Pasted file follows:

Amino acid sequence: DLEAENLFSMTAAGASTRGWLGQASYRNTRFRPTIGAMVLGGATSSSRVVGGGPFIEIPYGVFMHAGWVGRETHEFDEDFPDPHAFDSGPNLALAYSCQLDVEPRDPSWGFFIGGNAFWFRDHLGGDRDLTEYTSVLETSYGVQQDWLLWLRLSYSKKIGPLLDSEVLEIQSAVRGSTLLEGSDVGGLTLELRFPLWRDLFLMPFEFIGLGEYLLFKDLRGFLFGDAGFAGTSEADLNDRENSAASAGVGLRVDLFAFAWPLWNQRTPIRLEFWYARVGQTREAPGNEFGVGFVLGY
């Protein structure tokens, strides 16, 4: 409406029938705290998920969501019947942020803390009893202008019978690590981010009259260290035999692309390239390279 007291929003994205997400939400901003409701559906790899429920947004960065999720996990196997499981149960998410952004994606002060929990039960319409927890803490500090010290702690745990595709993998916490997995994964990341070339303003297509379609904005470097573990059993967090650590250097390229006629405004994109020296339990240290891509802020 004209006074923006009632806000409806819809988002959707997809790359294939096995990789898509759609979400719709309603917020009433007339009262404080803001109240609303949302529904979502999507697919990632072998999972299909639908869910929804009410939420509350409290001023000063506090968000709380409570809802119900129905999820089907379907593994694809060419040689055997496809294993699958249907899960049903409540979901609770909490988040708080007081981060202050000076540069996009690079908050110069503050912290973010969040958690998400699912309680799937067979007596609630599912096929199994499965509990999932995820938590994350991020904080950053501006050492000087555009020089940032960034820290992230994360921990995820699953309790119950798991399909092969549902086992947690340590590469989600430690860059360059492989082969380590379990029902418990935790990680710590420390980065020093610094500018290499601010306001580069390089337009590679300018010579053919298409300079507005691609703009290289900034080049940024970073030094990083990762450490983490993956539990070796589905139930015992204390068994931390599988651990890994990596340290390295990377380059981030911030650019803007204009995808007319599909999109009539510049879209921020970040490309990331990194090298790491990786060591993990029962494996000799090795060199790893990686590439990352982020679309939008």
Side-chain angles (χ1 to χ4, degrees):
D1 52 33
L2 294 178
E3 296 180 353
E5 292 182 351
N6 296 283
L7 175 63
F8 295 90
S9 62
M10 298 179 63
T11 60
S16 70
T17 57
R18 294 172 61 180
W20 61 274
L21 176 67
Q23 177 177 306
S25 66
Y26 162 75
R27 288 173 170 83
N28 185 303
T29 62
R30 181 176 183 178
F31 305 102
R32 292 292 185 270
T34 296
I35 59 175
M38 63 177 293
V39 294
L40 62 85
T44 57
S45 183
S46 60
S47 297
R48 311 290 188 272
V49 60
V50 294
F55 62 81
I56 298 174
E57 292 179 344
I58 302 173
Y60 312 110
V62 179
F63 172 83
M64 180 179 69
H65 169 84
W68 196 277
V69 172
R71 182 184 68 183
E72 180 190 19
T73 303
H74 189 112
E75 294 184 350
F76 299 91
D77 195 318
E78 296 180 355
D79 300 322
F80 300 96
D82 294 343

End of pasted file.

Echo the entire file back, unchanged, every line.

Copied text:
Amino acid sequence: DLEAENLFSMTAAGASTRGWLGQASYRNTRFRPTIGAMVLGGATSSSRVVGGGPFIEIPYGVFMHAGWVGRETHEFDEDFPDPHAFDSGPNLALAYSCQLDVEPRDPSWGFFIGGNAFWFRDHLGGDRDLTEYTSVLETSYGVQQDWLLWLRLSYSKKIGPLLDSEVLEIQSAVRGSTLLEGSDVGGLTLELRFPLWRDLFLMPFEFIGLGEYLLFKDLRGFLFGDAGFAGTSEADLNDRENSAASAGVGLRVDLFAFAWPLWNQRTPIRLEFWYARVGQTREAPGNEFGVGFVLGY
């Protein structure tokens, strides 16, 4: 409406029938705290998920969501019947942020803390009893202008019978690590981010009259260290035999692309390239390279 007291929003994205997400939400901003409701559906790899429920947004960065999720996990196997499981149960998410952004994606002060929990039960319409927890803490500090010290702690745990595709993998916490997995994964990341070339303003297509379609904005470097573990059993967090650590250097390229006629405004994109020296339990240290891509802020 004209006074923006009632806000409806819809988002959707997809790359294939096995990789898509759609979400719709309603917020009433007339009262404080803001109240609303949302529904979502999507697919990632072998999972299909639908869910929804009410939420509350409290001023000063506090968000709380409570809802119900129905999820089907379907593994694809060419040689055997496809294993699958249907899960049903409540979901609770909490988040708080007081981060202050000076540069996009690079908050110069503050912290973010969040958690998400699912309680799937067979007596609630599912096929199994499965509990999932995820938590994350991020904080950053501006050492000087555009020089940032960034820290992230994360921990995820699953309790119950798991399909092969549902086992947690340590590469989600430690860059360059492989082969380590379990029902418990935790990680710590420390980065020093610094500018290499601010306001580069390089337009590679300018010579053919298409300079507005691609703009290289900034080049940024970073030094990083990762450490983490993956539990070796589905139930015992204390068994931390599988651990890994990596340290390295990377380059981030911030650019803007204009995808007319599909999109009539510049879209921020970040490309990331990194090298790491990786060591993990029962494996000799090795060199790893990686590439990352982020679309939008």
Side-chain angles (χ1 to χ4, degrees):
D1 52 33
L2 294 178
E3 296 180 353
E5 292 182 351
N6 296 283
L7 175 63
F8 295 90
S9 62
M10 298 179 63
T11 60
S16 70
T17 57
R18 294 172 61 180
W20 61 274
L21 176 67
Q23 177 177 306
S25 66
Y26 162 75
R27 288 173 170 83
N28 185 303
T29 62
R30 181 176 183 178
F31 305 102
R32 292 292 185 270
T34 296
I35 59 175
M38 63 177 293
V39 294
L40 62 85
T44 57
S45 183
S46 60
S47 297
R48 311 290 188 272
V49 60
V50 294
F55 62 81
I56 298 174
E57 292 179 344
I58 302 173
Y60 312 110
V62 179
F63 172 83
M64 180 179 69
H65 169 84
W68 196 277
V69 172
R71 182 184 68 183
E72 180 190 19
T73 303
H74 189 112
E75 294 184 350
F76 299 91
D77 195 318
E78 296 180 355
D79 300 322
F80 300 96
D82 294 343